Skip Navigation

Implementing Early Start (New Zealand)

Meets DHHS criteria for an evidenced based model

Program Model Overview

Last Updated

July 2015


The information in this profile reflects feedback from this model’s developer as of the above date. The description of the implementation of the model here, including any adaptations, may differ from how it was implemented in the studies reviewed to determine this model’s evidence of effectiveness. Inclusion in the implementation report does not mean the practices described meet the DHHS criteria for evidence of effectiveness.


Implementation Support

Early Start Project Ltd., a charitable non-governmental organization based in New Zealand, provides implementation support.


Theoretical Model

Early Start aims to create a collaborative, problem-solving partnership between the home visitor and family to maximize child health, increase child and family well-being, build strengths, and eliminate deficiencies. Early Start recognizes that child well-being can occur only through the more general health and well-being of the family, although the target child is treated as the primary focus of services.

Early Start was designed to be a mainstream program. However, the developers took steps to ensure that the model would be relevant to the Māori, an indigenous population of New Zealand. During the development phase, the Early Start team consulted with Māori representatives on the design of the program. The developers established an Early Start board, half of whose members were Māori, to oversee implementation of the program and to foster an organizational culture that was respectful and sensitive to the needs and perspectives of Māori families. The Māori board members provided a Māori cultural training to all Early Start staff and Māori home visitors were hired to work with Māori families. These efforts aimed to create a universal model that can be delivered to both Māori and non-Māori families in a culturally responsive way.


Target Population

Early Start targets at-risk families with newborn children up to age 5. Although it was designed as a mainstream program, the developers took steps to ensure that the model would be culturally responsive to the Māori, an indigenous population of New Zealand.

Early Start uses a three-stage eligibility determination process. First, Early Start administers a short risk assessment containing items on maternal age, extent of family support, whether the pregnancy was planned or unplanned, substance abuse, family violence, and child abuse and neglect. Any family with two or more risk factors continues to the next stage of the process. Second, families enroll in Early Start for a one-month assessment period to become acquainted with the program and so Early Start can learn about the family. Third, families complete an in-depth needs assessment based on a modified version of the Kempe Family Stress Checklist and are fully enrolled in the program for longer-term services.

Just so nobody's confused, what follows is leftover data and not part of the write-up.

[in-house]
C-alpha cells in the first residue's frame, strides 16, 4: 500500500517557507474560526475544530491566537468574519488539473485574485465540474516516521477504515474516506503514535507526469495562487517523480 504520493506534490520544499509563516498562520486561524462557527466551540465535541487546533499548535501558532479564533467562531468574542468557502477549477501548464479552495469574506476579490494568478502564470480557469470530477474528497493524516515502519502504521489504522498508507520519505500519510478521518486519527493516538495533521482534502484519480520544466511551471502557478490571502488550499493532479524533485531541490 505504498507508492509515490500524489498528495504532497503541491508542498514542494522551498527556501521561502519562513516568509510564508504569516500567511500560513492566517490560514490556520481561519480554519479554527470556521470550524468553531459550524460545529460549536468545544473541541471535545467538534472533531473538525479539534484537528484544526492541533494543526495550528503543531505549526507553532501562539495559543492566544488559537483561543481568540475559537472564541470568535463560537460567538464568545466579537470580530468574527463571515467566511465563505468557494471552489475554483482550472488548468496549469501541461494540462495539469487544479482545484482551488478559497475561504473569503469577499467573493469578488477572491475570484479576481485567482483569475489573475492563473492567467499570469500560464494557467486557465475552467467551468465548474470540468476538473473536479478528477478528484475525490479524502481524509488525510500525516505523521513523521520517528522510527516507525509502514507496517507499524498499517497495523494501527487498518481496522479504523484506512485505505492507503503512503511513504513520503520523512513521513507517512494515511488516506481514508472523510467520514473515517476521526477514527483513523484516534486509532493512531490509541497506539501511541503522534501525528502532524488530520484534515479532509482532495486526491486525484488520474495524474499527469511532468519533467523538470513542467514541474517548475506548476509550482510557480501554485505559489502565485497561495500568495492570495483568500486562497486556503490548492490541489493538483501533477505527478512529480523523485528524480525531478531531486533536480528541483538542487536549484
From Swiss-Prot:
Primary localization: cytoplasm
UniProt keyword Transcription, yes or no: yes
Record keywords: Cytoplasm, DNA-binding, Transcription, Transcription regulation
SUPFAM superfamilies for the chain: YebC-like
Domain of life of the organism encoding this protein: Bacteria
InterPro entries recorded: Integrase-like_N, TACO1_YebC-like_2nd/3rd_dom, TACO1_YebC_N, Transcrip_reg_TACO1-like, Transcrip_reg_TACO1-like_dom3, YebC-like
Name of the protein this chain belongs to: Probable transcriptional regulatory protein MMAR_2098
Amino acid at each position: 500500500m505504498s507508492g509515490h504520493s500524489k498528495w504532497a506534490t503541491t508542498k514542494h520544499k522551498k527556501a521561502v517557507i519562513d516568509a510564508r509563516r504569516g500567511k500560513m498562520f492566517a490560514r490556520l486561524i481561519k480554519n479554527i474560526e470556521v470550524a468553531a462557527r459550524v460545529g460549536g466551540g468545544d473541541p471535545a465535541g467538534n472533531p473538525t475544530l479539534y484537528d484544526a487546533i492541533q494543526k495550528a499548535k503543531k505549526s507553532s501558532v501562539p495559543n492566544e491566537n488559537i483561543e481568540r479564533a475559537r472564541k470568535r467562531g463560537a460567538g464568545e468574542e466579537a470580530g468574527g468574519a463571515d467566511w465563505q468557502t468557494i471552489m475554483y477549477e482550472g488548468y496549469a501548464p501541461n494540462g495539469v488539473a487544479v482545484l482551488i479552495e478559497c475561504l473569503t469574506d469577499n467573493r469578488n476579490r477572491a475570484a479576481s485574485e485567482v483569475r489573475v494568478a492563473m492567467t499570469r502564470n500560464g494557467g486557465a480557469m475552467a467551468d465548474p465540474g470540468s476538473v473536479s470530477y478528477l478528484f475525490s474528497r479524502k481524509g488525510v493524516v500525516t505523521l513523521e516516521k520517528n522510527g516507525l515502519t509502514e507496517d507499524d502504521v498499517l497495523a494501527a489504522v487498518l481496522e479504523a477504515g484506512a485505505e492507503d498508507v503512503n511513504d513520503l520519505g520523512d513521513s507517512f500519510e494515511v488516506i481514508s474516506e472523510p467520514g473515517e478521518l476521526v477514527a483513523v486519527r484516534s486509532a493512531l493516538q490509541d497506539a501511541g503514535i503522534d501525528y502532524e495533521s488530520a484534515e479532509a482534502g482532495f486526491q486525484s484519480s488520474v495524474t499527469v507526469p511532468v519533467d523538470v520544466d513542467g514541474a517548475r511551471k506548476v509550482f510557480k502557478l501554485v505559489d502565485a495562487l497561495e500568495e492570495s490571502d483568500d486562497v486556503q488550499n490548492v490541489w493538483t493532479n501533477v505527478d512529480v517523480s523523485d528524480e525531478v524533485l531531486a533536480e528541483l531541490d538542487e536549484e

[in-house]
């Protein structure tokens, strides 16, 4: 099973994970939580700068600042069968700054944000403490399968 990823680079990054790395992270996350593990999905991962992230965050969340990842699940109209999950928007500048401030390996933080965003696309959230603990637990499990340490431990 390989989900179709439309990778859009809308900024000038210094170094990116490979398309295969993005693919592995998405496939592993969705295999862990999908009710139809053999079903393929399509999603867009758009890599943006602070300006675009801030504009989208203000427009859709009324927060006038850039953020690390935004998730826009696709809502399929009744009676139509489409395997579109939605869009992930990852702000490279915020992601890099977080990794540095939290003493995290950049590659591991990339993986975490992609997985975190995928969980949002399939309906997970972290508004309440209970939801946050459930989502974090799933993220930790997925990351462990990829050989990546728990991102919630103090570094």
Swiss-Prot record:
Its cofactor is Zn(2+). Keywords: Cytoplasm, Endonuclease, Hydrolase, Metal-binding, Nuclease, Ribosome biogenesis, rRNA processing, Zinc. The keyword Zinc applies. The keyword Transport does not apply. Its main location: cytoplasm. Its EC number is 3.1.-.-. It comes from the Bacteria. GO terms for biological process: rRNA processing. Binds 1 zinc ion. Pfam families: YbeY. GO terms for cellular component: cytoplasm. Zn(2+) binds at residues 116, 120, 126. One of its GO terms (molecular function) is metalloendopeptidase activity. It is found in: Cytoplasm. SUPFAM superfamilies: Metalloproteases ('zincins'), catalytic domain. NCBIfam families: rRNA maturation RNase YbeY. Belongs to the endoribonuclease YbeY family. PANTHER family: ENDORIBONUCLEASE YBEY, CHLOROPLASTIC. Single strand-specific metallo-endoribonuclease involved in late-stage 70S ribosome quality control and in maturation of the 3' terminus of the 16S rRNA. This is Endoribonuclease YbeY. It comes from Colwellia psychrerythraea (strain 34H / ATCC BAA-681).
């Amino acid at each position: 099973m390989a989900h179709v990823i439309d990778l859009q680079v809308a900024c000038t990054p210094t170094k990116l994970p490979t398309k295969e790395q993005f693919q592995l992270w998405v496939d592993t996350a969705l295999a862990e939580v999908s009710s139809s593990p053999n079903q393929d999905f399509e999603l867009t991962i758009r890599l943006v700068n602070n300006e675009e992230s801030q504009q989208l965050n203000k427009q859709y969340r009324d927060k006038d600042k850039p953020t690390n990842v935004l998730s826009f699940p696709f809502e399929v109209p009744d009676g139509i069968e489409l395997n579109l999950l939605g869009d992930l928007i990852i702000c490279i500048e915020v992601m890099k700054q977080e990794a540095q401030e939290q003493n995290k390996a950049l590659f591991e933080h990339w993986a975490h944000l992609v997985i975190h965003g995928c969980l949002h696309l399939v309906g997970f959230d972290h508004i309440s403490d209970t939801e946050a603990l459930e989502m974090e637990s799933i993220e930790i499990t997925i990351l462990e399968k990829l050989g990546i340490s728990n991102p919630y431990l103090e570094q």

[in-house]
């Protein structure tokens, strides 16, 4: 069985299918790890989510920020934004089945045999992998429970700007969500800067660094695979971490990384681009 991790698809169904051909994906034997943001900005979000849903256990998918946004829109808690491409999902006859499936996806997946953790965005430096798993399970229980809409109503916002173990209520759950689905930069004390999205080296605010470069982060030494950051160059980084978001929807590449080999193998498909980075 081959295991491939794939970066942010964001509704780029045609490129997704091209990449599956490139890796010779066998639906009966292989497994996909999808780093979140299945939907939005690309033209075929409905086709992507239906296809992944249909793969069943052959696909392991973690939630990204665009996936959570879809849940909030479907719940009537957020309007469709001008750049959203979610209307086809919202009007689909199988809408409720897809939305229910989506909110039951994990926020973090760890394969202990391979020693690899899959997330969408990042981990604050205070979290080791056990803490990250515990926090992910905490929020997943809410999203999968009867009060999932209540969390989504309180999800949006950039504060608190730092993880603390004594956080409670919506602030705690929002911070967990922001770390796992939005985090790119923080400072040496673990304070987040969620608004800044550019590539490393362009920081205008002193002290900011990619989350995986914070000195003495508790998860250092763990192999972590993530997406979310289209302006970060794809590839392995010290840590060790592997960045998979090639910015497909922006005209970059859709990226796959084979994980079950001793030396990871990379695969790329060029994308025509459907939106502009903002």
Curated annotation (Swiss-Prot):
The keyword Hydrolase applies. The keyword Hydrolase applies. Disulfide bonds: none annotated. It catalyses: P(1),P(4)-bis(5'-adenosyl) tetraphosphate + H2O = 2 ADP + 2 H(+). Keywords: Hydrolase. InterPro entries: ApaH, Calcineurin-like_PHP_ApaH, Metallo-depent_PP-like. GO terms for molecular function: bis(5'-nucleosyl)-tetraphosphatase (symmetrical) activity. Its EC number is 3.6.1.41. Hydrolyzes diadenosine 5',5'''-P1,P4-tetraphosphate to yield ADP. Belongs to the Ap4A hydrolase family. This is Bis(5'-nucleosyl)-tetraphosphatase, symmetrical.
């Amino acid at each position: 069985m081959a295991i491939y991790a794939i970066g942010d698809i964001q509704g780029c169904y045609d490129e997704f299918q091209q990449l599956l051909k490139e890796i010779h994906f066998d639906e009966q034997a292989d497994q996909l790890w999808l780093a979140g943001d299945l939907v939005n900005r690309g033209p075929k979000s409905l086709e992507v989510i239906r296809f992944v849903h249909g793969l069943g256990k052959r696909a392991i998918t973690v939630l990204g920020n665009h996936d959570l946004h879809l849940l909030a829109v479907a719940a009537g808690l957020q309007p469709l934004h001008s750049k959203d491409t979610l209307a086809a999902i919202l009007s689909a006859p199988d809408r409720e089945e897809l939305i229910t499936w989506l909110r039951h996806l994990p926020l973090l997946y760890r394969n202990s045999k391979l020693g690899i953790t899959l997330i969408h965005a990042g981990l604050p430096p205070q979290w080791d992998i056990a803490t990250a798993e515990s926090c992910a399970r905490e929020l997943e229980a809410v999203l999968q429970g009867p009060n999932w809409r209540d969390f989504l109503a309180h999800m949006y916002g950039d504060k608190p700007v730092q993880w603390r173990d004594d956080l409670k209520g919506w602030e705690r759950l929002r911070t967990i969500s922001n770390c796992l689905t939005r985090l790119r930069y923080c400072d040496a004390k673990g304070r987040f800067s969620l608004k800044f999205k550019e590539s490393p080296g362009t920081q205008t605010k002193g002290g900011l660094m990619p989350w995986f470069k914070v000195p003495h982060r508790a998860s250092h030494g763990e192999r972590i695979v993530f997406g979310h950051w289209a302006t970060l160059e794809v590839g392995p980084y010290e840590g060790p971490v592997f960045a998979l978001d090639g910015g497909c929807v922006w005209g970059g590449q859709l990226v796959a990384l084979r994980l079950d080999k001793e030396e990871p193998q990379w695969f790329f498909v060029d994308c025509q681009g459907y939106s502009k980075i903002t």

Targeted Outcomes

Early Start is designed to improve child health; reduce child abuse; improve parenting skills; support parental physical and mental health; encourage family economic well-being; and encourage stable, positive partner relationships.


Program Model Components

Early Start provides services through home visitation. All Early Start families receive services based on four established curricula:

  1. Partnership in Parenting Education (PIPE) “Listen, Love, Play,” which focuses on listening, trust, language, problem solving, feelings, and how babies learn
  2. Triple P (Positive Parenting Program), which focuses on positive parenting practices and means to address childhood behavior problems
  3. Getting Ready for School focused on 4 year olds
  4. Incredible Years

Families are offered several additional services based on need:

  • Infant and child safety awareness
  • Linkages to supportive services in the community, including budget, health, and relationship services
  • Advice and support concerning healthy lifestyle choices, including family and child nutrition
  • Household and time management


Program Model Intensity and Length

Early Start includes four levels of service intensity:

  • Level 1 - High need: Up to three hours of client contact per week, which includes direct contact (via home visits) and indirect contact (such as reviewing client case notes and health recordings, planning, and discussing cases)
  • Level 2 - Moderate need: Up to three hours of home visiting per two-week period
  • Level 3 - Low need: Up to one hour of home visiting per month
  • Level 4 - Graduate: Up to one hour of contact (phone/home visitation) per three months

All families enter the program at Level 1 and move to higher levels over time based on their progress. Level changes are determined by home visitors in consultation with their supervisors.

Families can continue to receive services until the child reaches age 5.



Early Start is offered to families in the Christchurch area of New Zealand.


Adaptations and Enhancements

Both a breastfeeding support group for young parents and services focused on the early years are available through Early Start Project Ltd.



The information contained on this page was last updated in July 2015. Recommended Further Reading lists the sources for this information. In addition, the information contained in this profile was reviewed for accuracy by Early Start Project Ltd. on April 13, 2015. HomVEE reserves the right to edit the profile for clarity and consistency.